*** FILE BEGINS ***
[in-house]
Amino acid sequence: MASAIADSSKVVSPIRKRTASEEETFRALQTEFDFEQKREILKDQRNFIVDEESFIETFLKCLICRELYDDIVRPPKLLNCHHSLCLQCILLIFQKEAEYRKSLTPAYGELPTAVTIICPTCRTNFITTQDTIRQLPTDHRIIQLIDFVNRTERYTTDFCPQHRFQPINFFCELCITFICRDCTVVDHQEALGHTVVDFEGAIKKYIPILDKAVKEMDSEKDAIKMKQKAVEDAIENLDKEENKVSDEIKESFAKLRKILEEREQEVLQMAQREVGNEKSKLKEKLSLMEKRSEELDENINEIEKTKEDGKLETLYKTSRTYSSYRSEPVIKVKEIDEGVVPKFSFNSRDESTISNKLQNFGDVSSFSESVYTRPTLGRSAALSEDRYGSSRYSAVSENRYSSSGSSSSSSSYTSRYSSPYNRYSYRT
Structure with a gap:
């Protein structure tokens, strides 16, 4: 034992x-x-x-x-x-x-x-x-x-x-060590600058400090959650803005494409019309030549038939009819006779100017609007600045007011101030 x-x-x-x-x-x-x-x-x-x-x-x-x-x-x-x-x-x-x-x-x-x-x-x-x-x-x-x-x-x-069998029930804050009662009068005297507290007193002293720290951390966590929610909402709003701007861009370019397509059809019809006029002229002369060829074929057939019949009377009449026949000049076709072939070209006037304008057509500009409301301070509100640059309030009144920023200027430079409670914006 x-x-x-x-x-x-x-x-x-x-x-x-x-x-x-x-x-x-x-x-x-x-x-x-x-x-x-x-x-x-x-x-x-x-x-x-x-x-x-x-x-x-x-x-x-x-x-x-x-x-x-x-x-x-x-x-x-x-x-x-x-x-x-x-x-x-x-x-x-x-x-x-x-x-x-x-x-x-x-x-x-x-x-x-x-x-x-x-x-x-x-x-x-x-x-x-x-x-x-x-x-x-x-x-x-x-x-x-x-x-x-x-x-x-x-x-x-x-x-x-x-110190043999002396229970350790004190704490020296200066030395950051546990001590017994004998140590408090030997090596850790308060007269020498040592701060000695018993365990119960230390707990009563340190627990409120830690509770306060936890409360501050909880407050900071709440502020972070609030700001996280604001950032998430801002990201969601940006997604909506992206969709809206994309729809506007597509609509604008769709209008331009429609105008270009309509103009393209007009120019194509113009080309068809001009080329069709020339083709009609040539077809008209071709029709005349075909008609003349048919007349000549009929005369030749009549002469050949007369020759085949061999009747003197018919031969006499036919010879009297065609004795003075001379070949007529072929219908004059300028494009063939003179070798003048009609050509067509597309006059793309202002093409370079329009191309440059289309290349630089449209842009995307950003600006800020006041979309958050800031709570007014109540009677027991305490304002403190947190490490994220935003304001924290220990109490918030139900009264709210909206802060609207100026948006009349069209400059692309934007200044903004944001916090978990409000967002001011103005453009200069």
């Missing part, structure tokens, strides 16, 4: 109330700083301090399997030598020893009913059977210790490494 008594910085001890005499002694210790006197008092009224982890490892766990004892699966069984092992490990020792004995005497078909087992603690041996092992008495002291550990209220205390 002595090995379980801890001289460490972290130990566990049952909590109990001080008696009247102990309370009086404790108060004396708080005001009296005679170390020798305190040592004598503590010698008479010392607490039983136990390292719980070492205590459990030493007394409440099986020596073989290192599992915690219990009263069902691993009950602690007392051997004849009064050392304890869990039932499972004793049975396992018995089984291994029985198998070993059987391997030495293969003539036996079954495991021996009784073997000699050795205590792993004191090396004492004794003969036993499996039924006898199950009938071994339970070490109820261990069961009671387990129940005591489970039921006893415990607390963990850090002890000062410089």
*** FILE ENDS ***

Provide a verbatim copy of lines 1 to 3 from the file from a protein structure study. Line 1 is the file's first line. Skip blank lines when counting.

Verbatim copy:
[in-house]
Amino acid sequence: MASAIADSSKVVSPIRKRTASEEETFRALQTEFDFEQKREILKDQRNFIVDEESFIETFLKCLICRELYDDIVRPPKLLNCHHSLCLQCILLIFQKEAEYRKSLTPAYGELPTAVTIICPTCRTNFITTQDTIRQLPTDHRIIQLIDFVNRTERYTTDFCPQHRFQPINFFCELCITFICRDCTVVDHQEALGHTVVDFEGAIKKYIPILDKAVKEMDSEKDAIKMKQKAVEDAIENLDKEENKVSDEIKESFAKLRKILEEREQEVLQMAQREVGNEKSKLKEKLSLMEKRSEELDENINEIEKTKEDGKLETLYKTSRTYSSYRSEPVIKVKEIDEGVVPKFSFNSRDESTISNKLQNFGDVSSFSESVYTRPTLGRSAALSEDRYGSSRYSAVSENRYSSSGSSSSSSSYTSRYSSPYNRYSYRT
Structure with a gap: